The modernist Villa Cavrois is considered one of the greatest works of architect Robert Mallet Stevens. Located just to the north east of the city of Lille, about 220km north of Paris, it was commissioned in 1929 by wealthy industrialist Paul Cavrois to house his large family. It is a complete manifesto of the work of Mallet Stevens, he designed not only the building but the interiors, the furniture and the gardens. The result is spectacular.
Mallet Stevens had complete freedom with the design of the villa, as long as he stayed within budget. The yellow bricks of the facade were made specially for the house, the horizontal joints between them (over 200km total) were painstakingly painted by hand to accentuate the length and horizontality of the building. Mallet Stevens designed without ornamentation, but using the highest quality materials – exotic woods and marble, as well as modern industrial materials such as steel and glass. The proportions are large but not ostentatious, every detail is considered and the house conveys a sense of both luxury and simplicity. Modern technologies such as electricity, central heating, air conditioning, telephones between all rooms and a lift were installed. The rooms are not only beautiful, but also functional.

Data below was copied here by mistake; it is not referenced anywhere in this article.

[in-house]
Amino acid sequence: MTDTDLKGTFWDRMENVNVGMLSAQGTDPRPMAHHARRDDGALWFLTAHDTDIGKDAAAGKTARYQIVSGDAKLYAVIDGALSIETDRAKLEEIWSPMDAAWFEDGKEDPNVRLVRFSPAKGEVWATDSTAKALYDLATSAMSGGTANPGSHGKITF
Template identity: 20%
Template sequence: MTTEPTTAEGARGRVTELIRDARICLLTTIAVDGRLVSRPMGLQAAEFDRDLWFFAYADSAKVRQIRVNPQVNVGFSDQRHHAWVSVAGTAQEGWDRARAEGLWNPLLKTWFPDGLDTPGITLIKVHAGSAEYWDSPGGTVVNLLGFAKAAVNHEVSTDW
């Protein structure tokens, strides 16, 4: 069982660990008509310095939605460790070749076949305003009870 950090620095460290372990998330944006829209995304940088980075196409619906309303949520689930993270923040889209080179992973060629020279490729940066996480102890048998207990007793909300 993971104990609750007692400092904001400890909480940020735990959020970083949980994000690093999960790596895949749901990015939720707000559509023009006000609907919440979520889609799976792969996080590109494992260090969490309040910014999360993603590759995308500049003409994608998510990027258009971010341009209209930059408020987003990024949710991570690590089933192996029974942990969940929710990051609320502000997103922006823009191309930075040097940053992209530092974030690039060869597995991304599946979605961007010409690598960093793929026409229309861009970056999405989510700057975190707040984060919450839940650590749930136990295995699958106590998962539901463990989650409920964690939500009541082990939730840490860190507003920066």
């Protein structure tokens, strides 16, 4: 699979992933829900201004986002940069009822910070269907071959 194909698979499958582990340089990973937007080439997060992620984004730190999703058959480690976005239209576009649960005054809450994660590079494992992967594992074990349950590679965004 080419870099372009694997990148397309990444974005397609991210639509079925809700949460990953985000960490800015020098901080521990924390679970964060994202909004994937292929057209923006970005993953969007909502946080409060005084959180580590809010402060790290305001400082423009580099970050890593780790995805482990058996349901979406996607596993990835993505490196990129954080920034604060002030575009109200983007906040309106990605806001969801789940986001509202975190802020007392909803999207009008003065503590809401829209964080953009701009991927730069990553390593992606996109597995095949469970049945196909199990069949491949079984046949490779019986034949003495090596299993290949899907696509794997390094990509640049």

Light is present throughout the villa, both from the large windows and direct and indirect lighting. The house is divided into 2 wings, one for the parents, one for their 7 children and the personnel. Life in the villa revolved around the main points of it’s design: air, light, work, sports, hygiene, comfort and efficiency.
Requisitioned by the Germans during WWII, the villa was partially damaged. Parts of the interior were remodeled in 1947 to accommodate the evolving family. After the death of Madame Cavrois in 1986 the villa fell into disrepair, it was looted, ransacked and became a squat. An association was a formed to protect it – it was declared a national monument in 1990 but the destruction continued until it was bought by the state in 2001. Its restoration was finally entrusted to the Centre des Monuments National, this mammoth task took 12 years. The villa has been painstakingly restored to its former glory (some of the gardens had to unfortunately be sold off to pay for the works) and the result is breathtaking.
If you like architecture, design and outstanding craftsmanship, don’t miss a visit to the Villa Cavrois. If you are interested in seeing more work by Mallet Stevens in Paris, plan a visit to the rue Mallet Stevens in the 16th arrondissement or the Musée Mendjisky.
Also, if you are in Lille before 5 June 2016 don’t miss the exceptional Modigliani exhibition at the LAM (Modern Art Museum of Lille) in Villeneuve d’Asq.
- Villa Cavrois, 60 avenue John Fitzgerald Kennedy, 59170 Croix
Open daily except Tuesdays, 10:30 – 18:30
Villa Cavrois website (in English)